Photo © The Israel Museum, Jerusalem
Attic black-figure panel amphora depicting Theseus battling the Minotaur with Ariadne watching from the side
Athens, Greece
Late Archaic Period, 540 BCE
Pottery
H: 41 cm
Gift of Jan Mitchell, New York, to American Friends of the Israel Museum
Accession number: 71.25.68
 
 
Theseus, the hero of Athenian democracy, was a legendary king of Athens, son of the mortal queen Aethra and either her husband Aegeus, king of Athens, or Poseidon, with whom Aethra lay one night. The Athenians hailed Theseus as responsible for the political unification of Attica under Athens. He volunteered to join the group of young men and women that the Athenians were obliged to pay in tribute annually to Minos, king of Crete. The youths were to be fed to the Minotaur, the monstrous half-man, half-bull, who lived in a labyrinth at the palace. With the help of Ariadne, Minos’s daughter, Theseus killed the Minotaur and found his way out of the labyrinth.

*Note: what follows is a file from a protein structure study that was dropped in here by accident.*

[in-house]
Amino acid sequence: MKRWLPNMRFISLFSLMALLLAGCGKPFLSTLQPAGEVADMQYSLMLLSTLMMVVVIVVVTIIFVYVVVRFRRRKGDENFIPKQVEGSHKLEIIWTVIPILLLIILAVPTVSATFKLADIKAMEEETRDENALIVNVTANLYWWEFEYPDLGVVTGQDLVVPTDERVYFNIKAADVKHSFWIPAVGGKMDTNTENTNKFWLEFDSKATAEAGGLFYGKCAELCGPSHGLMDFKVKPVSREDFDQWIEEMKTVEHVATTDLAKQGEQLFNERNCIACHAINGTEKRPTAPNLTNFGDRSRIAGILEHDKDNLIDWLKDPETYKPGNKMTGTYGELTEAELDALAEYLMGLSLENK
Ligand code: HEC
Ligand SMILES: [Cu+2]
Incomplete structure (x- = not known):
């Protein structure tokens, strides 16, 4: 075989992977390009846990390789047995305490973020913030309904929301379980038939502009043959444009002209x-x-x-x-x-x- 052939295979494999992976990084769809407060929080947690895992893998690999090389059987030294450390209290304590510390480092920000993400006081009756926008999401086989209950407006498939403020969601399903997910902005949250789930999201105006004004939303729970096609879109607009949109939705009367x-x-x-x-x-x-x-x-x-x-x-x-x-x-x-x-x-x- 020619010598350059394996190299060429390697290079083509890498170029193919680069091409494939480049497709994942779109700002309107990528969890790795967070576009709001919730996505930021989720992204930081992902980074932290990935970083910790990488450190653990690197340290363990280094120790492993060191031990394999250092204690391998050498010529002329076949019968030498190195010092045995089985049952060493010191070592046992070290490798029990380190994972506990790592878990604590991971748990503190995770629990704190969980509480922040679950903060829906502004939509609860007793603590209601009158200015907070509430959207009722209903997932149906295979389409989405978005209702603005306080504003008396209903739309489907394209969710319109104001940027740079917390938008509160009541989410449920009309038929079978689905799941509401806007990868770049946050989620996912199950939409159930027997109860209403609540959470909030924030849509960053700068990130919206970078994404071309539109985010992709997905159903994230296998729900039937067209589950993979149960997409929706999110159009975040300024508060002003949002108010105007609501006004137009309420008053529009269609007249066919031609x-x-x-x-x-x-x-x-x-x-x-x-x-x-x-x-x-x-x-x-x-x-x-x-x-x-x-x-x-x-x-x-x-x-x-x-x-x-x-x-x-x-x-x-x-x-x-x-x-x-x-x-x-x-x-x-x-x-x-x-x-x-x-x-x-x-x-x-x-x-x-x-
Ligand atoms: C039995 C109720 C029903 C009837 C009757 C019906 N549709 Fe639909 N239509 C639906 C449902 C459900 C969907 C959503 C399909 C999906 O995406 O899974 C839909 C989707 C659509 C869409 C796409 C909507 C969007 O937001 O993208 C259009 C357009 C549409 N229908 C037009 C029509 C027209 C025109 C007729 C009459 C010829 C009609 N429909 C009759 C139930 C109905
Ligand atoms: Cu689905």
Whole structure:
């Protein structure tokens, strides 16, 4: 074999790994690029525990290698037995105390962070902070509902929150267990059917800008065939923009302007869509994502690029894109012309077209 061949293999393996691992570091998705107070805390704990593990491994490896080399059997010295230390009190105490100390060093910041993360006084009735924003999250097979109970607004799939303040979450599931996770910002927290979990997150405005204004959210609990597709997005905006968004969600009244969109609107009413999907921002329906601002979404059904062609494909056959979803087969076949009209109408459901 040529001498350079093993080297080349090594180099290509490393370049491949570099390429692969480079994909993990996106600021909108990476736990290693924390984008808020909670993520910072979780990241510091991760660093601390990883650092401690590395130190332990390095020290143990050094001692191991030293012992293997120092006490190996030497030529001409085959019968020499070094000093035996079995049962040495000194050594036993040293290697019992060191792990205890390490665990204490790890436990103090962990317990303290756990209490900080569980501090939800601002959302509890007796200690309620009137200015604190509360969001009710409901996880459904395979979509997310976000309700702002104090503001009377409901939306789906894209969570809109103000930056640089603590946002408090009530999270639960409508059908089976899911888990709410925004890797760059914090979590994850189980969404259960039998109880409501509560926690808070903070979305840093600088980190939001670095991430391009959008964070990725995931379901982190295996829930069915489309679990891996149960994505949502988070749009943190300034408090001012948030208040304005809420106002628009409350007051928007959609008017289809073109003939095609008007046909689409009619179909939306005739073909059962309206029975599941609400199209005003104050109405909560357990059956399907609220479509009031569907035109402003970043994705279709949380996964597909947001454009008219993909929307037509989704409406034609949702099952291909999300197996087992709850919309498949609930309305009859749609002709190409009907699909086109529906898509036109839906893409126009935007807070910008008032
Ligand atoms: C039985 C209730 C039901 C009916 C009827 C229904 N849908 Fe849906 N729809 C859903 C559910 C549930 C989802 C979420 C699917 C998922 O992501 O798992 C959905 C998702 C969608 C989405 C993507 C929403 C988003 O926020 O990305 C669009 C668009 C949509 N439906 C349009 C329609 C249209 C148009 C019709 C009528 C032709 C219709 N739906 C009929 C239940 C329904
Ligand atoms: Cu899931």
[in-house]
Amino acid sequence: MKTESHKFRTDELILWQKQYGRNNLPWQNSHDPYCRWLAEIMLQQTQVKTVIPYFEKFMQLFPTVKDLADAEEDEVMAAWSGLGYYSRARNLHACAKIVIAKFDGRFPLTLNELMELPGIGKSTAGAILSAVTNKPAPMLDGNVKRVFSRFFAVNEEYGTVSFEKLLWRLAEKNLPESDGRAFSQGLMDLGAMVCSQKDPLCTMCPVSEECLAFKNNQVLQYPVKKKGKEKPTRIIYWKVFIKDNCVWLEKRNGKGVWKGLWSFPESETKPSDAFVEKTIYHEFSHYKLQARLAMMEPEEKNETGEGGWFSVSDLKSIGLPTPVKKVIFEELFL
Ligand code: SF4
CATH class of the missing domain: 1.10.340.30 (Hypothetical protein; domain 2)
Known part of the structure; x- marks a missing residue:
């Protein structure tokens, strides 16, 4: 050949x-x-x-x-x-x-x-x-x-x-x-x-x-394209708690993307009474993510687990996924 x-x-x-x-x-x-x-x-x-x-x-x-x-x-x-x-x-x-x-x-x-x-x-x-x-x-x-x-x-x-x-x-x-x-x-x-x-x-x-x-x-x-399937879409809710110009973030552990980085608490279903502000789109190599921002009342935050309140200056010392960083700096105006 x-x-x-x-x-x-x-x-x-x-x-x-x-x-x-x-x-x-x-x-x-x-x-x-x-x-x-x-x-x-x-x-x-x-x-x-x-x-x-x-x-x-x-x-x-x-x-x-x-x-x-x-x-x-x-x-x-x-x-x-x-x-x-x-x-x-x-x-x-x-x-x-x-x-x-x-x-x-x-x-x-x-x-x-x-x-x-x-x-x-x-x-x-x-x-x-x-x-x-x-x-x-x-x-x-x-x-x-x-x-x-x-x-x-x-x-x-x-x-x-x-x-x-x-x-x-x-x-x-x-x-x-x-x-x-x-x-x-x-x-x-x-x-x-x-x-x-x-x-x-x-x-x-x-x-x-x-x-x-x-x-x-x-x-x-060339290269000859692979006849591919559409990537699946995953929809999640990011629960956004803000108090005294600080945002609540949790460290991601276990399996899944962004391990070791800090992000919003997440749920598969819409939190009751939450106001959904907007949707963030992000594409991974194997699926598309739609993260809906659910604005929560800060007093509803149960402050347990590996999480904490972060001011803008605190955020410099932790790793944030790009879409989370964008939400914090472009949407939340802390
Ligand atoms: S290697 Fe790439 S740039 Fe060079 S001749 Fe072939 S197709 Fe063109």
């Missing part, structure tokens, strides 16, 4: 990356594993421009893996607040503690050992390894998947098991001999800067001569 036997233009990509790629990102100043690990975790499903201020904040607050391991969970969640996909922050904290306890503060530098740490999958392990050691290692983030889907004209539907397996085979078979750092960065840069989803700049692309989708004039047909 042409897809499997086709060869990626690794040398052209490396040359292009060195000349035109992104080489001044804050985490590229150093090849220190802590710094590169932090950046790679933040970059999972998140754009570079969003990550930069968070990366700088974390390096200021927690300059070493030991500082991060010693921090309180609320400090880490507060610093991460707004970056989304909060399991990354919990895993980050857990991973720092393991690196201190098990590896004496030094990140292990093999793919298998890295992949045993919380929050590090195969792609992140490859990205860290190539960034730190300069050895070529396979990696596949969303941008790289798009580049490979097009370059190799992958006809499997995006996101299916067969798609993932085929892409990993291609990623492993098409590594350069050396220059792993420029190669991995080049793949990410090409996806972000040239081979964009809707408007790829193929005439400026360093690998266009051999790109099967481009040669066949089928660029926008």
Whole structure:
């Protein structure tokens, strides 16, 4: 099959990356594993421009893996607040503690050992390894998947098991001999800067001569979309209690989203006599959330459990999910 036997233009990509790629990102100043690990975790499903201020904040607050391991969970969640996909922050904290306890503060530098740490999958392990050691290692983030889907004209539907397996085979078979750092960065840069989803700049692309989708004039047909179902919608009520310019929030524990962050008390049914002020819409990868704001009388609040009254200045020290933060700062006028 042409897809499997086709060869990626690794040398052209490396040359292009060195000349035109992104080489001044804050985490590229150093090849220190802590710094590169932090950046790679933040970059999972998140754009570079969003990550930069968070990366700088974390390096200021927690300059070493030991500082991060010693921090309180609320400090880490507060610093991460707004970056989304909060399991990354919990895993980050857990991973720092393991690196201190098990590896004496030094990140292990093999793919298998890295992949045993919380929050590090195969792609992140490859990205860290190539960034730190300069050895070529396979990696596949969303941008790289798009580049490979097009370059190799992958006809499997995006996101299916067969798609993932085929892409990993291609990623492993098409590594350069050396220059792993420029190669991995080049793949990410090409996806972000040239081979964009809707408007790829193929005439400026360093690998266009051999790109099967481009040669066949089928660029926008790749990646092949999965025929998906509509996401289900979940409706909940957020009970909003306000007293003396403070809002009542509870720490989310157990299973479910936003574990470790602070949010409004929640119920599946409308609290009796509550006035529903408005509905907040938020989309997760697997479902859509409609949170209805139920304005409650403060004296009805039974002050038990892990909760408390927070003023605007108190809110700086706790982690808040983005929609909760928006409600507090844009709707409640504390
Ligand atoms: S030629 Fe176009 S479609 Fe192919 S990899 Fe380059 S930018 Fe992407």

Publications:
Merhav, Rivka, The Jan Mitchell Gift to the Israel Museum, The Israel Museum, Jerusalem, 1974

Exhibition:
The Jan Mitchell Gift to the Israel Museum, Jerusalem, 1974, Israel Museum, Jerusalem
Animals in Ancient Art, Israel Museum, Jerusalem, 1986, Israel Museum, Jerusalem

Digital presentation of this object was made possible by: The Ridgefield Foundation, New York, in memory of Henry J. and Erna D. Leir